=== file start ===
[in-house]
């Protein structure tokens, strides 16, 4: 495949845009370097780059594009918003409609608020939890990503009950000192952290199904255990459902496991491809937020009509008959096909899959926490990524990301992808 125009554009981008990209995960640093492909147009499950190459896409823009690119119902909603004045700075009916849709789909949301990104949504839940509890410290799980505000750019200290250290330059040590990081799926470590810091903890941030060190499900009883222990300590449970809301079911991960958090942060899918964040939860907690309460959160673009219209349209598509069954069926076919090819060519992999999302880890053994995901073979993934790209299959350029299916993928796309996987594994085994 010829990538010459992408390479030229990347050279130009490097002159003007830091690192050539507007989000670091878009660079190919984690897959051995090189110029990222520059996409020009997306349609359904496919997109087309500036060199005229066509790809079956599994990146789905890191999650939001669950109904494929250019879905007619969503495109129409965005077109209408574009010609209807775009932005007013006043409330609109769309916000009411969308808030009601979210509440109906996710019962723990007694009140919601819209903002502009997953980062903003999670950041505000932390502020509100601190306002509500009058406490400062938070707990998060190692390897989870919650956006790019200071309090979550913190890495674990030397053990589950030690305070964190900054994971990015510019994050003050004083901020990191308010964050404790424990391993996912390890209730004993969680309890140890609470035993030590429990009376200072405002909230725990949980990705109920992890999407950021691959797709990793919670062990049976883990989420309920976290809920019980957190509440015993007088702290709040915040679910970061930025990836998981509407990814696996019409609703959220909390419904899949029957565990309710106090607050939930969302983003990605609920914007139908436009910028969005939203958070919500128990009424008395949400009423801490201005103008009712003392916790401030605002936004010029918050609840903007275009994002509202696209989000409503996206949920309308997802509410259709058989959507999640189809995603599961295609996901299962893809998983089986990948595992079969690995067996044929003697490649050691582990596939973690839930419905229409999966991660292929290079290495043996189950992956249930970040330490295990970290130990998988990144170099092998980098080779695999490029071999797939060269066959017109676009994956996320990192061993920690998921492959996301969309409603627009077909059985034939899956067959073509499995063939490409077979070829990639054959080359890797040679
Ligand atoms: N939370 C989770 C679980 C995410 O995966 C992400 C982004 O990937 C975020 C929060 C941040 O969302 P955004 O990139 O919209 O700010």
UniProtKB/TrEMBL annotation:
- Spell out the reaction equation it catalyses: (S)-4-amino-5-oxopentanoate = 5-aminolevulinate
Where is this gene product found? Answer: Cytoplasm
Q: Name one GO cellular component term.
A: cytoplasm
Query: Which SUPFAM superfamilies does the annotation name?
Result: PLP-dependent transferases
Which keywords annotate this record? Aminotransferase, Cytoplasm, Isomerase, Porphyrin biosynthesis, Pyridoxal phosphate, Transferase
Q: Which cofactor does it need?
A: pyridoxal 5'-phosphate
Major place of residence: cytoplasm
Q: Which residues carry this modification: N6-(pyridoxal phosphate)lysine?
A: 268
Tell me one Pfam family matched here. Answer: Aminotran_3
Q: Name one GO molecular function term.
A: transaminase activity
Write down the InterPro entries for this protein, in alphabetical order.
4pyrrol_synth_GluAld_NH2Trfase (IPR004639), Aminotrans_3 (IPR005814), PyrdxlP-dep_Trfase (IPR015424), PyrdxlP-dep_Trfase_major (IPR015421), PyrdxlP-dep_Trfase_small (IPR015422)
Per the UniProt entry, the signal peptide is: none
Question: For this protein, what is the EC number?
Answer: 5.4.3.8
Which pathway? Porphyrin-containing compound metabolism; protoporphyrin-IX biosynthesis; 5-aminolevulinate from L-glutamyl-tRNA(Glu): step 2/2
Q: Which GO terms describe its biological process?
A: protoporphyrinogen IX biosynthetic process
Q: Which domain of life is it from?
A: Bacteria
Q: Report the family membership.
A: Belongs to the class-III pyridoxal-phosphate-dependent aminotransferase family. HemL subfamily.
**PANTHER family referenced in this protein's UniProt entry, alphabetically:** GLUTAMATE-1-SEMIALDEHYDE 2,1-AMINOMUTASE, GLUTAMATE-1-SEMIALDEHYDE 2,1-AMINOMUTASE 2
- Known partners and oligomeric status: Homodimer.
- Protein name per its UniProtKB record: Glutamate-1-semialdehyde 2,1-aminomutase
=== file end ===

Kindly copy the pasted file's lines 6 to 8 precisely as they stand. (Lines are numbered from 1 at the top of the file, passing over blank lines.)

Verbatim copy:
Where is this gene product found? Answer: Cytoplasm
Q: Name one GO cellular component term.
A: cytoplasm